One thing a lot of people miss about open source software is that a lot of great programs have Windows versions too.

I just installed the excellent Mozilla Firefox 0.9 web browser today, and liked it enough to make it my default browser. I like Internet Explorer fine, but Firefox has some stuff I use quite a bit, especially tabbed browsing, which opens up multiple tabs – each holding a web page – inside a single browser window. This has the advantage of not clogging up your task bar.

Mozilla Thunderbird is a fantastic email program, one I’ve been using for about a month. It has a pretty good junk mail filter, one that gets smarter the longer you use it, but the feature I appreciate most is a really simple one that deserves explaining.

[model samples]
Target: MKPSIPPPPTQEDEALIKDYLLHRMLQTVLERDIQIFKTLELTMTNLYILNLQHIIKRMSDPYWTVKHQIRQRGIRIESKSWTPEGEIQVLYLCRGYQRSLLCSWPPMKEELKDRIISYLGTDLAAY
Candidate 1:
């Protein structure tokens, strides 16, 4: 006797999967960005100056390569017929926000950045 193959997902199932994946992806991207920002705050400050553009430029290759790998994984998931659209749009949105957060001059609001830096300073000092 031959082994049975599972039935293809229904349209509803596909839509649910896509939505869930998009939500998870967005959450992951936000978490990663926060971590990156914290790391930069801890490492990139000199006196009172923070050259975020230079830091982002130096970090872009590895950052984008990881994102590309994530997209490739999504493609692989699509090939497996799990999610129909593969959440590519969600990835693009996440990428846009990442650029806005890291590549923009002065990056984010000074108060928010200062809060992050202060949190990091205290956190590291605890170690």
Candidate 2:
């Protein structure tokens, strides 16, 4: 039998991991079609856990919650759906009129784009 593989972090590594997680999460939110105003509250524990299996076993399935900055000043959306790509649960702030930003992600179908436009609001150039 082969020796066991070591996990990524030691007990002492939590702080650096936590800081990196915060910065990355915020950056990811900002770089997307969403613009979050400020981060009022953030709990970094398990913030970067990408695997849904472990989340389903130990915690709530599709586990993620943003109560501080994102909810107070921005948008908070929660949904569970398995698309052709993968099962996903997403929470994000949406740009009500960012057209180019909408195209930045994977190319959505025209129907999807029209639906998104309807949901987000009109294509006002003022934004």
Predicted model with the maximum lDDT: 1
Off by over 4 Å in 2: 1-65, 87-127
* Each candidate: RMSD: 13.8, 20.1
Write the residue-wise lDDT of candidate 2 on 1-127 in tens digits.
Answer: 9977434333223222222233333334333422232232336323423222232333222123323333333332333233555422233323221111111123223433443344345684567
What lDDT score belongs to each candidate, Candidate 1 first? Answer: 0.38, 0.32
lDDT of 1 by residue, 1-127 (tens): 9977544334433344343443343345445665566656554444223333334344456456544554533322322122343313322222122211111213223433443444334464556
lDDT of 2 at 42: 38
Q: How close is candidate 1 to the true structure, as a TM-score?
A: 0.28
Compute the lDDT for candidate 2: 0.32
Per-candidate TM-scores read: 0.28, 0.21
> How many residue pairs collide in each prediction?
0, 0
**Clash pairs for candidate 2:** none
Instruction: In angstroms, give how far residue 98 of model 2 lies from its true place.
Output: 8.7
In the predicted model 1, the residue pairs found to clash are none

When you get an HTML message, the web browser inside your mail program calls back to the server to load up the pictures. This is one way spammers know that your mailbox is a real one.

Thunderbird gets around this by blocking images inside an HTML message, so that the spammers can’t see that you’ve opened it. Which is always nice.

The last program to check out is called NVU (pronounced N-view), which aims to be an open-source alternative to Dreamweaver, and is built around Mozilla’s Gecko web-page rendering engine. Pretty slick stuff.

You can get Mozilla Firefox and Thunderbird for Windows, Mac and Linux at http://www.mozilla.org, and NVU for Linux and Windows at http://www.nvu.com.

Advertisements